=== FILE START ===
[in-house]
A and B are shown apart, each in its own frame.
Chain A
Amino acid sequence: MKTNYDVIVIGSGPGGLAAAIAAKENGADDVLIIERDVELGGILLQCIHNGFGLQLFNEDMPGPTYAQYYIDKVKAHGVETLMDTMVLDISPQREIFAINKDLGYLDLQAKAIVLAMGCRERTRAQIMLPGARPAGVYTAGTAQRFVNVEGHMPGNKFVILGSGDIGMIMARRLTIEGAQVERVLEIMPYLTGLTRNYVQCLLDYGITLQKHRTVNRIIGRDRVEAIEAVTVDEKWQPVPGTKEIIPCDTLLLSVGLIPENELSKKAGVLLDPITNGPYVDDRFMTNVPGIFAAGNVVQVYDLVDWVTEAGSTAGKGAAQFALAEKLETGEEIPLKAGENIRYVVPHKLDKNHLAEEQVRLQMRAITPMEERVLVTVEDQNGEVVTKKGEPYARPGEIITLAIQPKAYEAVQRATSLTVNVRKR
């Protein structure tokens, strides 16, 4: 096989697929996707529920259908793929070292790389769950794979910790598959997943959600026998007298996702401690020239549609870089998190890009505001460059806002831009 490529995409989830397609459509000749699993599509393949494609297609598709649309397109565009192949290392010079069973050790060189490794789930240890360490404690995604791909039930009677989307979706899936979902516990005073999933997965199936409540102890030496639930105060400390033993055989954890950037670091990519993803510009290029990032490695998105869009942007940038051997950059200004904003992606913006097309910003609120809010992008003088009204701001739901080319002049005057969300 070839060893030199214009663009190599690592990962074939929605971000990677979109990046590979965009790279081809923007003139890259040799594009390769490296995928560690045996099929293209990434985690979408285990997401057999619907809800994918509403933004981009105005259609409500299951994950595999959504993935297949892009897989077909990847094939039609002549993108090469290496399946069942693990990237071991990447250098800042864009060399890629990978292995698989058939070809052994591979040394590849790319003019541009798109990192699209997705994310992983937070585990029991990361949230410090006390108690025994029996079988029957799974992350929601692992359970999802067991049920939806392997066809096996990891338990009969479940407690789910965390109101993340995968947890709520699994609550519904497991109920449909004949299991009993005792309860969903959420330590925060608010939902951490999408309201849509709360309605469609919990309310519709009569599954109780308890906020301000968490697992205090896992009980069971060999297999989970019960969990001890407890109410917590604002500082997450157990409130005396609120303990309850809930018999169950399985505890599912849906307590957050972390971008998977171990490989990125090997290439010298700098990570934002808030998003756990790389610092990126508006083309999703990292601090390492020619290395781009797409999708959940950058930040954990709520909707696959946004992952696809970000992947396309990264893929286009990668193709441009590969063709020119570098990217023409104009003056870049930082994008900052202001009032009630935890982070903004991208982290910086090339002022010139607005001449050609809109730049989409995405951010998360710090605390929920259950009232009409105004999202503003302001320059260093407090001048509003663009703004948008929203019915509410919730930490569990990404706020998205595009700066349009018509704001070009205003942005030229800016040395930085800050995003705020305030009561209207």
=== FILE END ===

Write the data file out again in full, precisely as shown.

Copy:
[in-house]
A and B are shown apart, each in its own frame.
Chain A
Amino acid sequence: MKTNYDVIVIGSGPGGLAAAIAAKENGADDVLIIERDVELGGILLQCIHNGFGLQLFNEDMPGPTYAQYYIDKVKAHGVETLMDTMVLDISPQREIFAINKDLGYLDLQAKAIVLAMGCRERTRAQIMLPGARPAGVYTAGTAQRFVNVEGHMPGNKFVILGSGDIGMIMARRLTIEGAQVERVLEIMPYLTGLTRNYVQCLLDYGITLQKHRTVNRIIGRDRVEAIEAVTVDEKWQPVPGTKEIIPCDTLLLSVGLIPENELSKKAGVLLDPITNGPYVDDRFMTNVPGIFAAGNVVQVYDLVDWVTEAGSTAGKGAAQFALAEKLETGEEIPLKAGENIRYVVPHKLDKNHLAEEQVRLQMRAITPMEERVLVTVEDQNGEVVTKKGEPYARPGEIITLAIQPKAYEAVQRATSLTVNVRKR
């Protein structure tokens, strides 16, 4: 096989697929996707529920259908793929070292790389769950794979910790598959997943959600026998007298996702401690020239549609870089998190890009505001460059806002831009 490529995409989830397609459509000749699993599509393949494609297609598709649309397109565009192949290392010079069973050790060189490794789930240890360490404690995604791909039930009677989307979706899936979902516990005073999933997965199936409540102890030496639930105060400390033993055989954890950037670091990519993803510009290029990032490695998105869009942007940038051997950059200004904003992606913006097309910003609120809010992008003088009204701001739901080319002049005057969300 070839060893030199214009663009190599690592990962074939929605971000990677979109990046590979965009790279081809923007003139890259040799594009390769490296995928560690045996099929293209990434985690979408285990997401057999619907809800994918509403933004981009105005259609409500299951994950595999959504993935297949892009897989077909990847094939039609002549993108090469290496399946069942693990990237071991990447250098800042864009060399890629990978292995698989058939070809052994591979040394590849790319003019541009798109990192699209997705994310992983937070585990029991990361949230410090006390108690025994029996079988029957799974992350929601692992359970999802067991049920939806392997066809096996990891338990009969479940407690789910965390109101993340995968947890709520699994609550519904497991109920449909004949299991009993005792309860969903959420330590925060608010939902951490999408309201849509709360309605469609919990309310519709009569599954109780308890906020301000968490697992205090896992009980069971060999297999989970019960969990001890407890109410917590604002500082997450157990409130005396609120303990309850809930018999169950399985505890599912849906307590957050972390971008998977171990490989990125090997290439010298700098990570934002808030998003756990790389610092990126508006083309999703990292601090390492020619290395781009797409999708959940950058930040954990709520909707696959946004992952696809970000992947396309990264893929286009990668193709441009590969063709020119570098990217023409104009003056870049930082994008900052202001009032009630935890982070903004991208982290910086090339002022010139607005001449050609809109730049989409995405951010998360710090605390929920259950009232009409105004999202503003302001320059260093407090001048509003663009703004948008929203019915509410919730930490569990990404706020998205595009700066349009018509704001070009205003942005030229800016040395930085800050995003705020305030009561209207």